Imagined Communities is a classic work of theory, but not necessarily one that is especially widely read among literary studies students (in my experience, at least. This is a bit weird to me, especially considering how focused Benedict Anderson is on language and the role of material texts in providing a mooring point for citizenship as identity.
There is a special kind of contemporaneous community which language alone suggests – above all in the form of poetry and songs. Take national anthems, for example, sung on national holidays. No matter how banal the words and mediocre the tunes, there is in this singing an experience of simultaneity. At precisely such moments, people wholly unknown to each other utter the same verses to the same melody. The image: unisonance. (167)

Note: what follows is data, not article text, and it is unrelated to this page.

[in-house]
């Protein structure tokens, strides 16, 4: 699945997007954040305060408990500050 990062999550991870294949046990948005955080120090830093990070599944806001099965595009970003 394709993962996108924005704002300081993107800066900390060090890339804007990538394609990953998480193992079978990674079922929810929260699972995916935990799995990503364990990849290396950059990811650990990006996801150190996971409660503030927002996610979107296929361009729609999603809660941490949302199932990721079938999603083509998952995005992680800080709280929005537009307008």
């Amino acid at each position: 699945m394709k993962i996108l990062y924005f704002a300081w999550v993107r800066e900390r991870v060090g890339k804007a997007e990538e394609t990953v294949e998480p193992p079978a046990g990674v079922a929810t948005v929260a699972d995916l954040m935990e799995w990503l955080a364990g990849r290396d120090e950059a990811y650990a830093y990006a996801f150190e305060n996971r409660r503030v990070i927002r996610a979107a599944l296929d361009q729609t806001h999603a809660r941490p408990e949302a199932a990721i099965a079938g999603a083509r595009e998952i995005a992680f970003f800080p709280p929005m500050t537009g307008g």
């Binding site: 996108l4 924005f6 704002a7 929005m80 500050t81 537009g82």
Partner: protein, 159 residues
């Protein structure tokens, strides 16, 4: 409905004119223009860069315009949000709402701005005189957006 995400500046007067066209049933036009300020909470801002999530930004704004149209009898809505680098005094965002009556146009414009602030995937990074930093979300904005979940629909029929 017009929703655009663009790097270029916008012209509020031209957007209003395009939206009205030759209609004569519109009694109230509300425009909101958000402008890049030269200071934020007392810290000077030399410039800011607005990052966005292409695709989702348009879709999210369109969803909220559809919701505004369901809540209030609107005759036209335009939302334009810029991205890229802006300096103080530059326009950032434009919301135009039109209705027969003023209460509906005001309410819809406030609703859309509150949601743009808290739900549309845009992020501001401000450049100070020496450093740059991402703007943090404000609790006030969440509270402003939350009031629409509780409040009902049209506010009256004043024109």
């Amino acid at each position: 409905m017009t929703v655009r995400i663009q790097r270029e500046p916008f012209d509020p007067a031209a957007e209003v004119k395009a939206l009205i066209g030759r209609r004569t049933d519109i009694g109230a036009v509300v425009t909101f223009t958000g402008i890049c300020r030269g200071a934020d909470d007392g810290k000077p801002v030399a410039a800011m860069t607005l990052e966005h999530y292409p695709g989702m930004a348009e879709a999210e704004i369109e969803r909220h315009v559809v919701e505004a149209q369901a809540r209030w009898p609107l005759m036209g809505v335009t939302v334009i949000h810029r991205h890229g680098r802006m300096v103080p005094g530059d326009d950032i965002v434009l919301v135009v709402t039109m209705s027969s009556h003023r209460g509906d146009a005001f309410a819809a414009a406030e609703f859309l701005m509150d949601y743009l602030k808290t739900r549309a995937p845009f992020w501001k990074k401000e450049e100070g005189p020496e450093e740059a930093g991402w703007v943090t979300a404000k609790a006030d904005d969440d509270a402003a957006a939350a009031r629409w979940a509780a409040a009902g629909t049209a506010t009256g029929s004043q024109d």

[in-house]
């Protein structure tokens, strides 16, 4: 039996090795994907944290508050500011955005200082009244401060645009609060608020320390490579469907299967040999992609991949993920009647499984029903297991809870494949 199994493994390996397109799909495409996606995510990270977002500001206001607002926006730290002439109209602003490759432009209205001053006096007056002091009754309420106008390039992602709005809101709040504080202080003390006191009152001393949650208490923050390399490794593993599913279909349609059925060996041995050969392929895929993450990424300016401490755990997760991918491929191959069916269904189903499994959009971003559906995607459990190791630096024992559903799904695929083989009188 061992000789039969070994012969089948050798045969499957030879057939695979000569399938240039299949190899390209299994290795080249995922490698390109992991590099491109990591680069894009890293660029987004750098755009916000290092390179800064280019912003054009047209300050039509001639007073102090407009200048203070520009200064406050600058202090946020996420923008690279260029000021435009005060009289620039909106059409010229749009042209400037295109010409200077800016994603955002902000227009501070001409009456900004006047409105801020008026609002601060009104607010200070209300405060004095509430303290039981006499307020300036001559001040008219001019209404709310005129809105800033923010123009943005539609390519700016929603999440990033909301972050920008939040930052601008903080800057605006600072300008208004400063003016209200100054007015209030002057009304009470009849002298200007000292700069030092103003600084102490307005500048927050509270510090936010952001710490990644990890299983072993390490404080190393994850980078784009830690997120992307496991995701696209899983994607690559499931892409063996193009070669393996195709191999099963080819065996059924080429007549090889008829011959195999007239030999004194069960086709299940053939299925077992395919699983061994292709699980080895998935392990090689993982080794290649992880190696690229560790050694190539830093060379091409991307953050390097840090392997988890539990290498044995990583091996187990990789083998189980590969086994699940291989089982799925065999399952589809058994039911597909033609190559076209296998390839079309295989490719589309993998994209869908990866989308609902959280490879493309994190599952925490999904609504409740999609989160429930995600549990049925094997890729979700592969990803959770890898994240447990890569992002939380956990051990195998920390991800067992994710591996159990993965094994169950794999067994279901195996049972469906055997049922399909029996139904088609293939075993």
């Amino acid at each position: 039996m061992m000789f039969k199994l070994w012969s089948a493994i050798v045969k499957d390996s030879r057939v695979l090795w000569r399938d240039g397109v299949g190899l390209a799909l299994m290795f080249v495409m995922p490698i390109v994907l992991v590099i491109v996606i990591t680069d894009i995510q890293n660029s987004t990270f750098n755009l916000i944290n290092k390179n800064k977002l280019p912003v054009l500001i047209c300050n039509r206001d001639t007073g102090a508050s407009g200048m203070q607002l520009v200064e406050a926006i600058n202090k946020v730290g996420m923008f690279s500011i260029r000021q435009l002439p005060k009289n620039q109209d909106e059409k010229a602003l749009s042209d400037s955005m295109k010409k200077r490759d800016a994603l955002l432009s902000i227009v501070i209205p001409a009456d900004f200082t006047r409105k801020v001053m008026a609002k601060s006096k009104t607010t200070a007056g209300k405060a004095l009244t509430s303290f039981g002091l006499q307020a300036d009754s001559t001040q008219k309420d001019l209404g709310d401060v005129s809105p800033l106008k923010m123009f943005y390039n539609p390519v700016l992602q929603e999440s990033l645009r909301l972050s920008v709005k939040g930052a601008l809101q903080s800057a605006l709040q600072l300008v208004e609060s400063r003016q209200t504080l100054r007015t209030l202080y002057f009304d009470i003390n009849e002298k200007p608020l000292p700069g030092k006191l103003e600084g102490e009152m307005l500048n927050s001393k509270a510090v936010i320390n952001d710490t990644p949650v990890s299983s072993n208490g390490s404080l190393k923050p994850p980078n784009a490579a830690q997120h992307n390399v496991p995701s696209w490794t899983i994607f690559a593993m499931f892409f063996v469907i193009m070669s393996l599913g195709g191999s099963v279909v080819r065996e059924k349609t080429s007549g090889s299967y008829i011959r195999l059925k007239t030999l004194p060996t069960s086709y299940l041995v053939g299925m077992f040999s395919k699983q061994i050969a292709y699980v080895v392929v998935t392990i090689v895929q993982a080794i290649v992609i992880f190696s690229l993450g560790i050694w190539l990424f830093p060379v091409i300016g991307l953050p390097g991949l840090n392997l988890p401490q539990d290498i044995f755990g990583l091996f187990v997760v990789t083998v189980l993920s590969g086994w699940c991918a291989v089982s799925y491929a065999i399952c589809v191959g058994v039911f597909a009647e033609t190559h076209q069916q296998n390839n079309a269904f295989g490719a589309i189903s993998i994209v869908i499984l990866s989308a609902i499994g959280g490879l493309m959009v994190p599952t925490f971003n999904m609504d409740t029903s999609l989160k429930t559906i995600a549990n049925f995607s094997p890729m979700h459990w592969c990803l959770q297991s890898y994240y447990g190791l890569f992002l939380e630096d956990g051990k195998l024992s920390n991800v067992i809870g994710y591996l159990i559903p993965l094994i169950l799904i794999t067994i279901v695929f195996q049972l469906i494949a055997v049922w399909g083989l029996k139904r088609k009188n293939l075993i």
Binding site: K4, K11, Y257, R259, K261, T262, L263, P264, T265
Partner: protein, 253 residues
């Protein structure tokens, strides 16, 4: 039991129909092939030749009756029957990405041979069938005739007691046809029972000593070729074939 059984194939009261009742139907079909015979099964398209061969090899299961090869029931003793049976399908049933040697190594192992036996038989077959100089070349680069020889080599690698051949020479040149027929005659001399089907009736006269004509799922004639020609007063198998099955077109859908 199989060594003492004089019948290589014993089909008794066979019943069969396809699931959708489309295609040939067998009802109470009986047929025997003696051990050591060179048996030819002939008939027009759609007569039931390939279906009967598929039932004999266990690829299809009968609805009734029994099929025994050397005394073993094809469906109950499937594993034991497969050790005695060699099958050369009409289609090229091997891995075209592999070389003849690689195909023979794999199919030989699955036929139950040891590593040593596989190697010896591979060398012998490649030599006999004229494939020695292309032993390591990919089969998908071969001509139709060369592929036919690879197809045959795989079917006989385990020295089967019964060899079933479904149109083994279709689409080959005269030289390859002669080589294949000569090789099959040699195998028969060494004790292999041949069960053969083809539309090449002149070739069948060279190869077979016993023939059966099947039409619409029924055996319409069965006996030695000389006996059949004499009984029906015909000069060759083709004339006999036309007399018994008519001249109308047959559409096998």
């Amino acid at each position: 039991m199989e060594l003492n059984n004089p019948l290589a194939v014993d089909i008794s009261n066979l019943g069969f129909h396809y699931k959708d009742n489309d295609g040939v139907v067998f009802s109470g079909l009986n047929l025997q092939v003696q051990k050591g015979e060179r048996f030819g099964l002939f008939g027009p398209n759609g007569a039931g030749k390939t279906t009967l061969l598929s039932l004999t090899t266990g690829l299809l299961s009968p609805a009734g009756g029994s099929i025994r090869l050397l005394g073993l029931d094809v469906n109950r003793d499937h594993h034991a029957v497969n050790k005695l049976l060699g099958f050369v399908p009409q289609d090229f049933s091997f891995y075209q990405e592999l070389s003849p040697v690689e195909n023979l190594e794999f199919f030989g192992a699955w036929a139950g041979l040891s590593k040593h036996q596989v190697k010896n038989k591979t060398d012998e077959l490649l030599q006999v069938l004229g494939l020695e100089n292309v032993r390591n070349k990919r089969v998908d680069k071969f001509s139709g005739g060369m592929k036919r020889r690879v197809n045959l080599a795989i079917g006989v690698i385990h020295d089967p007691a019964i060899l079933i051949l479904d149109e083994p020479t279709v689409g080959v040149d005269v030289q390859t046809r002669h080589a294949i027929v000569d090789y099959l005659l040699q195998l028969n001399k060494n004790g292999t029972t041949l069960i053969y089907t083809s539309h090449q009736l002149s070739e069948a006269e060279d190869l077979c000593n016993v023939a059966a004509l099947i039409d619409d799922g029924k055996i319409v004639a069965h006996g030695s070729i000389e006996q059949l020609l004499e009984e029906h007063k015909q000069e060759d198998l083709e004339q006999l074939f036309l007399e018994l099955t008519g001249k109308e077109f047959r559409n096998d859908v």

There is a pleasure in singing national anthems. An affective connection that allows us to imagine ourselves as mutually Canadian – something that feels more meaningful than being part of a community that has shared knowledge of a single song. I’ve been thinking about how I might teach Imagined Communities and my (maybe unreasonable) impulse is that most students are going to be more likely to find pop culture examples more accessible/relatable than historical examples. Cultural texts that unite fan communities or generational groups might be based on a connection that has a bit more substance than the national one, and it seems more reasonable to make further assumptions about a person’s identity or experiences based on the former than the later. I don’t want to argue that nationalism and fannishness are completely equivalent, but I think pop culture might also be an illuminating example of how texts can create imagined communities. Read More “Synchronicity and Community Formation in Fandom and Otherwise”→